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Walton v. Henderickson

United States District Court, W.D. Wisconsin

April 30, 2019




         Pro se plaintiff David Walton, who is incarcerated at the Waupun Correctional Institution, is proceeding on Fourteenth Amendment claims that defendants Ryan Hallman and Patrica Fish denied him access to adequate medical treatment and that defendants Stan Hendrickson, Hallman and Fish subjected him to unconstitutional conditions of confinement while he was incarcerated on a probation hold in the Monroe County jail. Before the court is defendants' motion for summary judgment. Dkt. #61. For the reasons explained below, I am granting defendants' motion for summary judgment and closing this case.

         From defendants' proposed findings of fact, I find the following facts to be undisputed unless otherwise noted. (Plaintiff did not file any proposed findings of fact of his own.)


         A. The Parties

         Plaintiff David Walton is incarcerated at the Waupun Correctional Institution, but all of the events relevant to his claims occurred while he was incarcerated for a probation violation at the Monroe County jail in Sparta, Wisconsin in June 2015. Defendants all worked at the jail when plaintiff was incarcerated there: Stan Hendrickson was the administrator and Ryan Hallman and Patrica Fish were sergeants.

         B. Plaintiff's Booking, Jail Transfer and Suicide Attempt

         After plaintiff was booked into the jail on June 12, 2015, he received a copy of Inmate Handbook #55, which states that “[i]f an inmate has a medical or mental health problem, they should fill out a medical request form. For medical emergencies notify the jail staff as soon as possible.” Dkt. #64-2 at 12. Defendants never denied plaintiff a complaint form.

         The “intake medical screening report” completed by jail staff and signed by plaintiff on June 12, 2015 states that at the time of booking, plaintiff denied being sick, taking any prescription medication or having past psychiatric treatment. Plaintiff stated that he had made a suicide attempt in 2012. The “health transfer summary” completed by jail staff on the same day listed “suicide attempts/threats, ” “unusual/bizarre behavior” and “hyper/anxious” as precautions but did not identify any current medical conditions or medications. Dkt. #64-3 at 2. (Plaintiff says that he was “showing signs of mental health” prior to booking and “disclosed his nerve pain to staff” at the time of booking and to defendant Hallman at a later time but does not state specifically what he told to Hallman or other jail staff. Dkt. #71 at ¶¶ 22 and 29.)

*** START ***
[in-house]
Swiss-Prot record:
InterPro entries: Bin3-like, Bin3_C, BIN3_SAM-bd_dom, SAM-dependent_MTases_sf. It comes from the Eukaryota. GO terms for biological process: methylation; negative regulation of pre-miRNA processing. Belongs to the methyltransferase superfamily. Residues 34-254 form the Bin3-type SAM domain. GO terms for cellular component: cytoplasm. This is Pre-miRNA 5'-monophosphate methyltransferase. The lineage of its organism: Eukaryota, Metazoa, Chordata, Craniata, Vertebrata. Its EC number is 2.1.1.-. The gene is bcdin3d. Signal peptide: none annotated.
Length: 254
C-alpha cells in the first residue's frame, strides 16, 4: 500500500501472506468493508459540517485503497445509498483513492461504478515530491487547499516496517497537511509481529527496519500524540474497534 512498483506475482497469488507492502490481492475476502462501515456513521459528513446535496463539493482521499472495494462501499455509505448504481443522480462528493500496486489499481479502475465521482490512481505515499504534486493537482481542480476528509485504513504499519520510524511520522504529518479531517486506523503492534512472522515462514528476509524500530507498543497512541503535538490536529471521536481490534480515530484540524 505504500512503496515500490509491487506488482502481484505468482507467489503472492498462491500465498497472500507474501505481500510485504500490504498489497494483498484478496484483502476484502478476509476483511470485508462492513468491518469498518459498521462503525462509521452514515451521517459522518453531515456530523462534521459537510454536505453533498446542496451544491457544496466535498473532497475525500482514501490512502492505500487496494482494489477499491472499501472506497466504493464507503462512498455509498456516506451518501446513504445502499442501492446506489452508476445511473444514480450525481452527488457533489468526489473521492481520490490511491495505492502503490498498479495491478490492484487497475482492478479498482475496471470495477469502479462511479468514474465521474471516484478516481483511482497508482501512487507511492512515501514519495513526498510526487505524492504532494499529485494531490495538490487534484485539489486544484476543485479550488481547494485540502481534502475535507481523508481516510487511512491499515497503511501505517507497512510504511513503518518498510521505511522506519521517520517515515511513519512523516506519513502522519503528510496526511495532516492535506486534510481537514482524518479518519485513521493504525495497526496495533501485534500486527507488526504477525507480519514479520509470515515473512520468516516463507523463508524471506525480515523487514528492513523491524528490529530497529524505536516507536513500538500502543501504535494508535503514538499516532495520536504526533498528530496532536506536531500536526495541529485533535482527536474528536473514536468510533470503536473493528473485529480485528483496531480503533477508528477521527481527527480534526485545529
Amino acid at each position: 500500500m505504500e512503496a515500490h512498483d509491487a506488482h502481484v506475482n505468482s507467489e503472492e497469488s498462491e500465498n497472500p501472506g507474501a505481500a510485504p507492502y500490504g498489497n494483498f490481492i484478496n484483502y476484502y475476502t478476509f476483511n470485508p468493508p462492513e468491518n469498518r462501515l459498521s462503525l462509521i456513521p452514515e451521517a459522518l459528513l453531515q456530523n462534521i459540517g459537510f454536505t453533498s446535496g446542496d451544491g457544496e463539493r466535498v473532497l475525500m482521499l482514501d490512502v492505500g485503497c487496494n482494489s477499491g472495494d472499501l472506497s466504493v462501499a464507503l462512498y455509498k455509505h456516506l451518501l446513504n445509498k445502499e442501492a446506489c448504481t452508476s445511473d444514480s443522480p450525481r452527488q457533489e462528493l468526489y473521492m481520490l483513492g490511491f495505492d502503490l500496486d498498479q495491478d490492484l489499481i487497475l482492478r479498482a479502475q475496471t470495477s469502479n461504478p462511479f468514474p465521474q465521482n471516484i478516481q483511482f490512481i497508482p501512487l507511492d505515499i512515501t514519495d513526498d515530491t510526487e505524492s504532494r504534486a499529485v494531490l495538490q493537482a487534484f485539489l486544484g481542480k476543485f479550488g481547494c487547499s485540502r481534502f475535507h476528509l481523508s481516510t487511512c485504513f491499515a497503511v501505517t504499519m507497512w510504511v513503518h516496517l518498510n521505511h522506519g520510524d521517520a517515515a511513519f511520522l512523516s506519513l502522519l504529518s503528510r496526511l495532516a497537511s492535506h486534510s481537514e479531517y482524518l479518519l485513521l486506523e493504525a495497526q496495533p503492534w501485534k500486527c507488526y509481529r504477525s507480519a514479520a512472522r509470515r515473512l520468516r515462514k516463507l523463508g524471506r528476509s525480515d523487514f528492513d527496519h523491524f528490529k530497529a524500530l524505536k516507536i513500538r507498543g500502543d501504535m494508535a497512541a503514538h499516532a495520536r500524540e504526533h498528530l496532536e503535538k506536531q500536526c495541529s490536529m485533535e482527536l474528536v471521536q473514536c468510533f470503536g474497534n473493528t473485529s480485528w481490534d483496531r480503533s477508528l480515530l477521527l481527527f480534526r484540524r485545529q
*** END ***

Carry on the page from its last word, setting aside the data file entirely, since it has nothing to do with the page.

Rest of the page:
On June 15, plaintiff was transferred to the Vernon County jail. The health transfer summary form completed on that day did not identify any precautions, medical conditions or medications for plaintiff. At the Vernon County jail, the booking officer screened plaintiff for medical and mental health problems, including the risk of suicidal behavior. The form states that plaintiff admitted having made multiple suicide attempts in the past but denied feeling suicidal on June 15 and denied taking any medication for mental health problems. Plaintiff signed the screening forms. (Although plaintiff contends that these screenings never happened, he has not supported his contention with an affidavit or any other admissible evidence and has not explained why he signed the forms.)

         On June 17, 2015, plaintiff attempted suicide and threatened to do so again if he was not returned to the Monroe County jail. He was transferred back to the Monroe County jail and placed on a suicide watch for the remainder of June 17 and on June 18, 2015. (Although defendants say that the duration of the suicide watch was 24 hours, plaintiff says that it was only 18 hours.) The suicide watch ended on June 18, 2015, after plaintiff spoke with Dr. Butler, who determined that plaintiff was no longer at risk. (The parties dispute whether plaintiff saw mental health clinician Kay Lisick on June 22, 2015. Defendants have presented clinical records in which Lisick notes that she saw plaintiff on that day; that plaintiff reported having diagnoses of schizophrenia, bipolar disorder and depression that required medication; and that she referred plaintiff to Dr. Butler for possible psychotropic medication. Plaintiff avers that this visit did not occur, but in his earlier deposition testimony, he admitted that it was possible he saw Lisick on this day but does not remember it.)

         C. Disciplinary Confinement

         On June 24, 2015, plaintiff was disciplined for a major violation for his July 17th threat that he would commit suicide if he was not returned to the Monroe County jail. He waived his right to a hearing on the matter and did not appeal the disciplinary determination that followed. Defendants Fish and Hallman imposed an eight-day discipline on plaintiff, which included confinement in a holding cell from June 24 to 27, 2015 and confinement in a general population block cell from June 28 to July 1, 2015. During the disciplinary confinement, plaintiff was allowed out of his cell for one hour each day and his personal belongings and mattress were removed from his cell for several hours each day. (Defendants say that the items were removed for 12 hours a day, which they say complies with Wis. Admin. Code § DOC 350. Plaintiff says that the items were removed for 15 hours a day.) However, plaintiff had a mattress to sleep on every night, was provided with hygiene products and was allowed to shower. He was provided clean clothing and bedding on June 20, 2015.

         Plaintiff testified at his deposition that his initial holding cell was extremely uncomfortable, with a probable temperature in the mid to high 80s during the day but cooler at night. Dkt. #60 at 25-28. He described the cell as being “a ...

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